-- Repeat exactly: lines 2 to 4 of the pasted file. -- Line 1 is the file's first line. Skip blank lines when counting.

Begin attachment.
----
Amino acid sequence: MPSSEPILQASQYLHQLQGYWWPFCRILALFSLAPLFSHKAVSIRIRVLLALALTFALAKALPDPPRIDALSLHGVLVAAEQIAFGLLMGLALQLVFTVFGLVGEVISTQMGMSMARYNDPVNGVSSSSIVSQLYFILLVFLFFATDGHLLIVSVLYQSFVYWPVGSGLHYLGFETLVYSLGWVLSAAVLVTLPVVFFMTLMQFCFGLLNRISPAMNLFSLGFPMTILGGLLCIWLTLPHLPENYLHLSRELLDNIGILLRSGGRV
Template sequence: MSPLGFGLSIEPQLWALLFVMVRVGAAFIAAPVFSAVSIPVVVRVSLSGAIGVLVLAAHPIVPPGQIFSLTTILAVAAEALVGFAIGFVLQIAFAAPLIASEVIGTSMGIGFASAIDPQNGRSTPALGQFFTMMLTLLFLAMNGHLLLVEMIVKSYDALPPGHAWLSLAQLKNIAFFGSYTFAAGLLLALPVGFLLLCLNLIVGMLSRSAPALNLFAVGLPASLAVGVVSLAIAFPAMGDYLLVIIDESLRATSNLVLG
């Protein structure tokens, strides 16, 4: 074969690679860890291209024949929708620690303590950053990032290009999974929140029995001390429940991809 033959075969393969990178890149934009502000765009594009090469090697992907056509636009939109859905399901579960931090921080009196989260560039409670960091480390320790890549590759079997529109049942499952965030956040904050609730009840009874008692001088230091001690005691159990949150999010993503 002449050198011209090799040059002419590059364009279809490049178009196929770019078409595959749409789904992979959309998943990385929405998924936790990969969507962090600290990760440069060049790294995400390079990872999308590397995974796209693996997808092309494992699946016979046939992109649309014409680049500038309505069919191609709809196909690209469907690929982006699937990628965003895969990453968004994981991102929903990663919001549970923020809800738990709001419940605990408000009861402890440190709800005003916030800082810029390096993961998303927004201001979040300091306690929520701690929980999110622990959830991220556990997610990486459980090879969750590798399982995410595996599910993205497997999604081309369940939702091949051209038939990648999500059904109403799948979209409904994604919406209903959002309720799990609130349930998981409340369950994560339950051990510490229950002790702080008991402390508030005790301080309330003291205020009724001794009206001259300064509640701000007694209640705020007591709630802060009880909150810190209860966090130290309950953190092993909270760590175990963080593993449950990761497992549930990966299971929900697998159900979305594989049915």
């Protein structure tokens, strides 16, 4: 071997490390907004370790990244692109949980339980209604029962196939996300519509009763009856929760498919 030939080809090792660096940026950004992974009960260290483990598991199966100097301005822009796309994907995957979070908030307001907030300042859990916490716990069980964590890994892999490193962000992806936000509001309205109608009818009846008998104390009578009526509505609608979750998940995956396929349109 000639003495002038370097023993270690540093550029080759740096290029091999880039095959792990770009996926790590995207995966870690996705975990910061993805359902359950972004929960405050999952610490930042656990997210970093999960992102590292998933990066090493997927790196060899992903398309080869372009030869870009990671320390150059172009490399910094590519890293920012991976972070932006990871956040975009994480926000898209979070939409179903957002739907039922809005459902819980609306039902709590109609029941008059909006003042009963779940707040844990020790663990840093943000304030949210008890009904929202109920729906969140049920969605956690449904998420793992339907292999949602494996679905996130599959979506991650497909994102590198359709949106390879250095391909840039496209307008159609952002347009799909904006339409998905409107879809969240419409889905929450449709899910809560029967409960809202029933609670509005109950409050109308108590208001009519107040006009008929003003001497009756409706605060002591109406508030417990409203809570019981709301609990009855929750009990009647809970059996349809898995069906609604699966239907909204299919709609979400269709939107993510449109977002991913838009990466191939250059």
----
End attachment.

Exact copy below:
Template sequence: MSPLGFGLSIEPQLWALLFVMVRVGAAFIAAPVFSAVSIPVVVRVSLSGAIGVLVLAAHPIVPPGQIFSLTTILAVAAEALVGFAIGFVLQIAFAAPLIASEVIGTSMGIGFASAIDPQNGRSTPALGQFFTMMLTLLFLAMNGHLLLVEMIVKSYDALPPGHAWLSLAQLKNIAFFGSYTFAAGLLLALPVGFLLLCLNLIVGMLSRSAPALNLFAVGLPASLAVGVVSLAIAFPAMGDYLLVIIDESLRATSNLVLG
């Protein structure tokens, strides 16, 4: 074969690679860890291209024949929708620690303590950053990032290009999974929140029995001390429940991809 033959075969393969990178890149934009502000765009594009090469090697992907056509636009939109859905399901579960931090921080009196989260560039409670960091480390320790890549590759079997529109049942499952965030956040904050609730009840009874008692001088230091001690005691159990949150999010993503 002449050198011209090799040059002419590059364009279809490049178009196929770019078409595959749409789904992979959309998943990385929405998924936790990969969507962090600290990760440069060049790294995400390079990872999308590397995974796209693996997808092309494992699946016979046939992109649309014409680049500038309505069919191609709809196909690209469907690929982006699937990628965003895969990453968004994981991102929903990663919001549970923020809800738990709001419940605990408000009861402890440190709800005003916030800082810029390096993961998303927004201001979040300091306690929520701690929980999110622990959830991220556990997610990486459980090879969750590798399982995410595996599910993205497997999604081309369940939702091949051209038939990648999500059904109403799948979209409904994604919406209903959002309720799990609130349930998981409340369950994560339950051990510490229950002790702080008991402390508030005790301080309330003291205020009724001794009206001259300064509640701000007694209640705020007591709630802060009880909150810190209860966090130290309950953190092993909270760590175990963080593993449950990761497992549930990966299971929900697998159900979305594989049915």
């Protein structure tokens, strides 16, 4: 071997490390907004370790990244692109949980339980209604029962196939996300519509009763009856929760498919 030939080809090792660096940026950004992974009960260290483990598991199966100097301005822009796309994907995957979070908030307001907030300042859990916490716990069980964590890994892999490193962000992806936000509001309205109608009818009846008998104390009578009526509505609608979750998940995956396929349109 000639003495002038370097023993270690540093550029080759740096290029091999880039095959792990770009996926790590995207995966870690996705975990910061993805359902359950972004929960405050999952610490930042656990997210970093999960992102590292998933990066090493997927790196060899992903398309080869372009030869870009990671320390150059172009490399910094590519890293920012991976972070932006990871956040975009994480926000898209979070939409179903957002739907039922809005459902819980609306039902709590109609029941008059909006003042009963779940707040844990020790663990840093943000304030949210008890009904929202109920729906969140049920969605956690449904998420793992339907292999949602494996679905996130599959979506991650497909994102590198359709949106390879250095391909840039496209307008159609952002347009799909904006339409998905409107879809969240419409889905929450449709899910809560029967409960809202029933609670509005109950409050109308108590208001009519107040006009008929003003001497009756409706605060002591109406508030417990409203809570019981709301609990009855929750009990009647809970059996349809898995069906609604699966239907909204299919709609979400269709939107993510449109977002991913838009990466191939250059």